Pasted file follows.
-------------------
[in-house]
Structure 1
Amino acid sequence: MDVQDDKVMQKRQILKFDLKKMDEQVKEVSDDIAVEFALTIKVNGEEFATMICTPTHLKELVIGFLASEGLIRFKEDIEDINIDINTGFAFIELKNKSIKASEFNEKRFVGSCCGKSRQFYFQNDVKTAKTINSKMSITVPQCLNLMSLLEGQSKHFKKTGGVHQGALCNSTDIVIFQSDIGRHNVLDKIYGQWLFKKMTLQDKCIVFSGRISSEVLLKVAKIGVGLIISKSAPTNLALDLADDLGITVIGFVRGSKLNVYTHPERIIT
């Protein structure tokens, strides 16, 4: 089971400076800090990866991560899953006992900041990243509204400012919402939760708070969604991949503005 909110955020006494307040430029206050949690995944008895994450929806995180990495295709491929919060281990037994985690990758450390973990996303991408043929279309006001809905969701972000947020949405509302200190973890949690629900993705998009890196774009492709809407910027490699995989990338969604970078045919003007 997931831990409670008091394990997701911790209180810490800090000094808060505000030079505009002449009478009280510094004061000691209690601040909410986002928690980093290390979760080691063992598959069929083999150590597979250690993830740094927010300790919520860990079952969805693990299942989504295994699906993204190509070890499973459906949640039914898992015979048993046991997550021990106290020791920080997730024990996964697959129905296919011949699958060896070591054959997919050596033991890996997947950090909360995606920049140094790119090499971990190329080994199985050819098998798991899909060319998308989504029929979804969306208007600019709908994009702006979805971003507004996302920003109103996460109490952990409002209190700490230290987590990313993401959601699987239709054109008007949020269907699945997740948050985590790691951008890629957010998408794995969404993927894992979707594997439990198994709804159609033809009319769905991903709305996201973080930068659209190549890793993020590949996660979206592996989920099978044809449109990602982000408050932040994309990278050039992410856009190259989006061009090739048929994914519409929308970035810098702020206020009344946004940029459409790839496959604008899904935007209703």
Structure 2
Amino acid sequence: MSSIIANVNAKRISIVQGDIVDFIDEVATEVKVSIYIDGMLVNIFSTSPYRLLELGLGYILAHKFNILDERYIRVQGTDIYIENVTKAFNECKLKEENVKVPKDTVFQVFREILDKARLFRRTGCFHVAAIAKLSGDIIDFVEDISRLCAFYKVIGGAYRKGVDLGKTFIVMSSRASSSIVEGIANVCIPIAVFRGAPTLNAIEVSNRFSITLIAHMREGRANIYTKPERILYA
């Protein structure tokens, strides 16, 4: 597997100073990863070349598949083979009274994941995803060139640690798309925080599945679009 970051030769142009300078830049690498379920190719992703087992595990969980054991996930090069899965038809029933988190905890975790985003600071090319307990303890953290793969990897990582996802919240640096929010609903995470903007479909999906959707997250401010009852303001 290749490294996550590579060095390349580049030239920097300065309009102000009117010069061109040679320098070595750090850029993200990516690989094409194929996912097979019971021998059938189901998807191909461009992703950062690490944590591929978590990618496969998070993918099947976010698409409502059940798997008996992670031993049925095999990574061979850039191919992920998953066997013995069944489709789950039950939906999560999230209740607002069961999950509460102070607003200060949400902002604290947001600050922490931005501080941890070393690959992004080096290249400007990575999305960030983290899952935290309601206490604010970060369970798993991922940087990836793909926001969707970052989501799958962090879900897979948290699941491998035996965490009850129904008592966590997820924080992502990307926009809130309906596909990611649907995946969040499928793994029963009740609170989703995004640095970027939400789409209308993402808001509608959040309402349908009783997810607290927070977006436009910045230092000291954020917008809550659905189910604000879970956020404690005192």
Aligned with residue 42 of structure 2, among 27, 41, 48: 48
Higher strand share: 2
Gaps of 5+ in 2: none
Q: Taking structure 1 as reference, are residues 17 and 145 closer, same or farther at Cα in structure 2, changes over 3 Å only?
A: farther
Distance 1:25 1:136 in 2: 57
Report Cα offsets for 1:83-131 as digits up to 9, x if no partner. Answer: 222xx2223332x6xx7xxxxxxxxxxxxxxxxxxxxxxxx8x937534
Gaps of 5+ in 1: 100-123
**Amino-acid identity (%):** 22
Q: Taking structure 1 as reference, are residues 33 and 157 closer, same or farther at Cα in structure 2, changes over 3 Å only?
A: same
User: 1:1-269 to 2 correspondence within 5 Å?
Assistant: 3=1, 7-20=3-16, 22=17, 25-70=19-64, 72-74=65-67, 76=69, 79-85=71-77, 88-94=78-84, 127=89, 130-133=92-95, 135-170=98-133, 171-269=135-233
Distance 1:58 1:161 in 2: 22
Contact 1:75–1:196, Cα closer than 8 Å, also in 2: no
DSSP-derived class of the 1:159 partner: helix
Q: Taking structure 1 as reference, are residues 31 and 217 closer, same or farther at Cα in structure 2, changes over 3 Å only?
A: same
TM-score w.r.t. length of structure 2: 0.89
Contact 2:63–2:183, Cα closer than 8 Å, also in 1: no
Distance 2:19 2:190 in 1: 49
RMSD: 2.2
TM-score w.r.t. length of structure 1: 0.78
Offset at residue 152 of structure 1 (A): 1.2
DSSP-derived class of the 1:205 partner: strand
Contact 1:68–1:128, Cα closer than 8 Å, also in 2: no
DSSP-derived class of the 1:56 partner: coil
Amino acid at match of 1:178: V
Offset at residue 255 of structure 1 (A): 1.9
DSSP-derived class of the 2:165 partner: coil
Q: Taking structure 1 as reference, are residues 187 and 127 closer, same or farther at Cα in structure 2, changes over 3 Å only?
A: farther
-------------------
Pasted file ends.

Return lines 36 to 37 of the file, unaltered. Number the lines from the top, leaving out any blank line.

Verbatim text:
Offset at residue 255 of structure 1 (A): 1.9
DSSP-derived class of the 2:165 partner: coil